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Marketing Strategy  |   Diversity & Inclusion

Pride month marketing: 5 dos and don’ts of celebrating Pride as a brand

Emily Mermell

By Emily Mermell

Jun 23, 2021

Pride month marketing: 5 dos and don’ts of celebrating Pride as a brand

We were on our way to the grocery store and I said it.

“Mom, I’m gay.” 

I was 15 years old. She pulled the car over and we sat in silence. We didn’t talk again until she dropped me off at the office of a therapist claiming they could fix me.

It was 2007, and gay marriage wouldn’t be legalized for another eight years. Since then, the country and the world have changed for the better. And so has my relationship with my mom, in case you were wondering. 

In the United States, gay marriage has been legalized, “Don’t Ask Don’t Tell” has been repealed, and the LGBTQ+ community has made many other great strides. The fallen heroes of the movement, such as Harvey Milk or Marsha P. Johnson, would be in awe of how far we’ve come. But, like many marginalized groups, we are still fighting an uphill battle on many fronts, including media and marketing representation.

It’s this battle that makes the way a business approaches Pride Month in their marketing so important.

While some organizations use Pride Month as a chance to overuse rainbow colors, be “trendy,” or make a sale, the spotlight should really be focused on the issues and how that business is contributing to the cause. 

In this article, I’ll share five dos and don’ts to make sure your Pride Month marketing strikes the right chord.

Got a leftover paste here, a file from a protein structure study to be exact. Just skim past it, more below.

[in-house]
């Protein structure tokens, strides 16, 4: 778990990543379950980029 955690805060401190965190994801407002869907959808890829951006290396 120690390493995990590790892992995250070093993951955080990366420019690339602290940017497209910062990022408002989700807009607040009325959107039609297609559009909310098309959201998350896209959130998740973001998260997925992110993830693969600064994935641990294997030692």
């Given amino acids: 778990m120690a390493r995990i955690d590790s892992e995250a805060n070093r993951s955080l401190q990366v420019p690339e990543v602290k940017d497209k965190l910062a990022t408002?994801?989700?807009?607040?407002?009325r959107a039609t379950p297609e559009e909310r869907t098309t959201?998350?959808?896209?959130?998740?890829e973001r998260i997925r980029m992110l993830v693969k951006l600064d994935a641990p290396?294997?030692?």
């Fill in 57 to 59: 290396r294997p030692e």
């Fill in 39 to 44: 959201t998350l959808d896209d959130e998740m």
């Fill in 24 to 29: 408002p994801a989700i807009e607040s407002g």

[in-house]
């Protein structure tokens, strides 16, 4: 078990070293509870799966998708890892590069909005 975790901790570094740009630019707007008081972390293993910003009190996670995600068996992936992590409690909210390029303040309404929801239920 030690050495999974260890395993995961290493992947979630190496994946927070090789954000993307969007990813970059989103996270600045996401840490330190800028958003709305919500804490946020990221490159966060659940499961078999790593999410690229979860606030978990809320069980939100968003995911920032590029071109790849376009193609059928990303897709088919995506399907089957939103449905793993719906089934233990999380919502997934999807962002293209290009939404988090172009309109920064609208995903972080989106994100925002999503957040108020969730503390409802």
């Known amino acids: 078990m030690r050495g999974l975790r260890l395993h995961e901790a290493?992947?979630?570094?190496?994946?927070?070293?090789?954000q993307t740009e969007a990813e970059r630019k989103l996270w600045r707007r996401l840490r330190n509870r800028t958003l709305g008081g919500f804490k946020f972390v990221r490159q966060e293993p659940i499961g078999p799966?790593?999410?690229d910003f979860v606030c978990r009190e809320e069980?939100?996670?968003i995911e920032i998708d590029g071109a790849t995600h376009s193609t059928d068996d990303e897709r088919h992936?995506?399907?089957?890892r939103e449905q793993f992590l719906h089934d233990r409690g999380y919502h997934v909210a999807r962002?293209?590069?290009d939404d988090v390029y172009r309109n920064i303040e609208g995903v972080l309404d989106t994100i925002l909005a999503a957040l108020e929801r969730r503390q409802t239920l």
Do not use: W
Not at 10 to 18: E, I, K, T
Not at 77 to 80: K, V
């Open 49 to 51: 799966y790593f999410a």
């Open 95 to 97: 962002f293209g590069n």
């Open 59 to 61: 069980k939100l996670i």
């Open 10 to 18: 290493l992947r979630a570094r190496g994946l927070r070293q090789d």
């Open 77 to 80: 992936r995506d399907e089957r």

🔎 Related: Marketing with pride vs. "Rainbow Washing:" Marketing lessons from Pride Month

Performative allyship vs. authentic allyship

Eighty-three percent of Millennials say it’s important for the companies they buy from to align with their beliefs and values. According to a 2019 study, 64% of consumers, in general, said that they would buy from a brand or boycott it solely because of its position on a social or political issue. 

So the way you market your products and services matters, and consumers are paying attention more than ever.

June is Pride Month and, today, it’s celebrated with parades and events throughout the country, attracting every facet of the LGBTQ+ community, including allies. With sponsorship opportunities and marketing campaigns, Pride Month has turned into a celebration that has even taken corporate America by storm, which is good, if it’s done properly. 

In recent years, we’ve seen a huge rise in the use of buzzwords such as “rainbow capitalism” and “rainbow washing,” which refer to businesses profiting from symbolic support of the LGBTQ+ community without doing anything that actually benefits the movement. For example, slapping a rainbow overlay on your logo across your social media channels, but ignoring activities otherwise. 

This demonstrates what is referred to as performative allyship or performative activism. 

Performative allyship can be defined as allyship to gain social capital versus a true devotion to the cause. In comparison, authentic allyship is genuine, substantive support that stems from taking action. A women’s clothing brand rallying for equal pay or a diaper company working to end child labor are examples of authentic allyship. 

IKEA’s A World Where Everyone Feels At Home campaign is a picture-perfect demonstration of authentic allyship and well-done Pride Month marketing. 

This campaign revolves around proudly supporting the LGBTQ+ community both within IKEA’s organization and externally with product collections and donations. 

Their campaign landing page focuses on three things:

  • How to promote LGBTQ+ inclusivity both in the workplace and in one’s personal life.
  • The progress they’ve made to promote inclusivity within their organization.
  • The Pride-themed products they have available and how much they donate to specific LGBTQ+ nonprofit organizations.

They also use their platform to highlight the unique stories of LGBTQ+ members of their team. You can see through this campaign how they support their LGBTQ+ employees, and how they support the LGBTQ+ movement as a whole. This is authentic allyship at its best. 

How performative allyship can hurt your brand

Unfortunately, not everyone is as genuine. For example, there have been instances where organizations celebrate Pride Month and then do something later in the year that contradicts their campaign.